The Whatsapp messenger client was created by WhatsApp Inc., based in Mountain View, California, which was acquired by Facebook in February 2014 for approximately US$19.3 billion. By February 2018, WhatsApp had a user base of over one and a half billion, making it the most popular messaging application at the time. WhatsApp has grown in multiple countries, including Brazil, India, and large parts of Europe, including United Kingdom and France. In US also its a popular client but iPhone client is more popular.
History of Whatsapp
WhatsApp, one of the most popular messaging platforms in the age of the internet, is without a doubt a modern-day success story. From humble beginnings to widespread adaptation, the history of WhatsApp is the quintessential example of a small tech startup turned wildly successful company. In this article, we’ll take a look at how WhatsApp got their start and how the company’s recognizable logo played a role in their success.
Origins of Whatsapp
Brian Acton and Jan Koum, the founders of WhatsApp, both worked as employees of Yahoo! before leaving the company. Shortly thereafter, they both applied for jobs at Facebook—jobs that had they been accepted to would have likely left them unable to start WhatsApp—but were turned down. At the time, Koum was living off of his savings from Yahoo!, with little direction as to where his next career path would take him. In 2009, though, after purchasing an iPhone, Koum had the vision to see that an entire industry was about to form based around mobile apps. Looking to capitalize on this up-and-coming industry, Koum began to explore the possibility of creating an app that would let mobile users better interact and engage with their friends, family, and business contacts. Teaming up with Brian Acton, Koum managed to persuade five associates from Yahoo! to fund the app with $250,000, and in 2009 WhatsApp was launched.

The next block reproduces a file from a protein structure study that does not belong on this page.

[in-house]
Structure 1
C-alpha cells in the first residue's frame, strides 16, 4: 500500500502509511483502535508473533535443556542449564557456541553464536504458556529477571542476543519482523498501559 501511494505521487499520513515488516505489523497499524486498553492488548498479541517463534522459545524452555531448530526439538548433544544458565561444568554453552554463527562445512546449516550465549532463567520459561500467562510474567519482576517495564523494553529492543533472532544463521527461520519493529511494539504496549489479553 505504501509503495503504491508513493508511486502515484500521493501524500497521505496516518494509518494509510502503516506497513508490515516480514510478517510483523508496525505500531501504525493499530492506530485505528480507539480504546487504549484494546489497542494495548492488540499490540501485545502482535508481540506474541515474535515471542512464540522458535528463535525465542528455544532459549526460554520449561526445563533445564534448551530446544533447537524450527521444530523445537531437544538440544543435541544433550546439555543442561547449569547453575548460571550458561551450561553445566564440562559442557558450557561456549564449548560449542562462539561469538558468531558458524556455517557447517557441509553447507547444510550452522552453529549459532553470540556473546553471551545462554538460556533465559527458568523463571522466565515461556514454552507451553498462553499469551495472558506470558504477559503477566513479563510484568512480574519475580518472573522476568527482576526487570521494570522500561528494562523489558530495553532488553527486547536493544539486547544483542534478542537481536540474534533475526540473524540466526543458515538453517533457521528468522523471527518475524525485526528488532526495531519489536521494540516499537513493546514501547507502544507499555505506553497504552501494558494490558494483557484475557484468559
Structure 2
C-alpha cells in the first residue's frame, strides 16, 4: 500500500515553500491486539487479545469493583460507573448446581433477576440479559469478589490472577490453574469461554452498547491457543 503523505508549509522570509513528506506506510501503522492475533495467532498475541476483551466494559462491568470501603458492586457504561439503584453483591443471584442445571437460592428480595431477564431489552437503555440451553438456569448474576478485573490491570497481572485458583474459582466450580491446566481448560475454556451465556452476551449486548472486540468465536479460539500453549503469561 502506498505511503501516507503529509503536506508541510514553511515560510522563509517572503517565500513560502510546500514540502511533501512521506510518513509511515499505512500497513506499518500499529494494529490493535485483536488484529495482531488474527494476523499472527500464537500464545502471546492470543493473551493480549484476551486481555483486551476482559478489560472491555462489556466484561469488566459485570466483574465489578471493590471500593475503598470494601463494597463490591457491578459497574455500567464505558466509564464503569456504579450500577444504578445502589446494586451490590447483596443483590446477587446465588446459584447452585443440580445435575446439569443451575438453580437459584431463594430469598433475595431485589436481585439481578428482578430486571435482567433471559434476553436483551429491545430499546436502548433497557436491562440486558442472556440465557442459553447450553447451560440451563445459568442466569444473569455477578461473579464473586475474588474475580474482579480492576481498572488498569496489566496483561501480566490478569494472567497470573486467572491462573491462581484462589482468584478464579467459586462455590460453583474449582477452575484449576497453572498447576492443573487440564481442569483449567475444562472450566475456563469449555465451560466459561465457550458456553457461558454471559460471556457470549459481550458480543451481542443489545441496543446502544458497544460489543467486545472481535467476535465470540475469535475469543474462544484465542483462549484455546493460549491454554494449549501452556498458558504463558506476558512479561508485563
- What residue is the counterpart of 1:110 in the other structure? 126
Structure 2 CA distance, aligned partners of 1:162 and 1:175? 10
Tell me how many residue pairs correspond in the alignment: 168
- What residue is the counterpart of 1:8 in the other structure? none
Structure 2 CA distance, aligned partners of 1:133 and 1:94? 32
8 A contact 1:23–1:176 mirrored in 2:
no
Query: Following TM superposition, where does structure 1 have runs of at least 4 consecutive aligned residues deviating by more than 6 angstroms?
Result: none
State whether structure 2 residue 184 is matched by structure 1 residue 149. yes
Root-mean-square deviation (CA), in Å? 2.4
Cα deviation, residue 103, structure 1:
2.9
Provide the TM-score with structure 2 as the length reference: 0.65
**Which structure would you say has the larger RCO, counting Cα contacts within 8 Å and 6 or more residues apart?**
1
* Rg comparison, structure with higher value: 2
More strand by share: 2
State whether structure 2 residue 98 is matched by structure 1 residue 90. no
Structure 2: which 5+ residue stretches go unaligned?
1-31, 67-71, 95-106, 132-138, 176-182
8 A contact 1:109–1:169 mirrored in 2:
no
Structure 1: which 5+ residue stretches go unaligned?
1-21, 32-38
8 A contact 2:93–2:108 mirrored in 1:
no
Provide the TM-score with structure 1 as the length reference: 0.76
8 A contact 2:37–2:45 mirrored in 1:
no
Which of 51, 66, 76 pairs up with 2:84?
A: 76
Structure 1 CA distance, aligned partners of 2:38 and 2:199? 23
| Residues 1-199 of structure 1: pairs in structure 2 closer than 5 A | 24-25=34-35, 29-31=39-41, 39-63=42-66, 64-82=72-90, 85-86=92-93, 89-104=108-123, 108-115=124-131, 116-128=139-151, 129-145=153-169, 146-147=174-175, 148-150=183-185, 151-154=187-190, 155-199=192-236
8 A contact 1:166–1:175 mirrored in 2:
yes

It was a bit of a rocky start for WhatsApp, though. After numerous crashes and failures, Koum grew frustrated with the app’s development and reportedly considered giving it up entirely. It was Acton that encouraged Koum to stick it out “a few more months” each time the duo hit a setback.
Luckily for the both of them, the duo did indeed stick it out and saw the app through to its eventual success. By February of 2013, WhatsApp boasted 50 staff members and 200 million users. Shortly thereafter, the app was bought out by Facebook for a staggering $19 billion—a number that stands as the largest acquisition in the world to date.
Today, WhatsApp still logs over 100 million voice calls a day according the company’s blog. With usage numbers like these combined with the app’s historic buyout, there’s no arguing the success of WhatsApp.
OTHER CHAT AND MESSENGER FREEWARES
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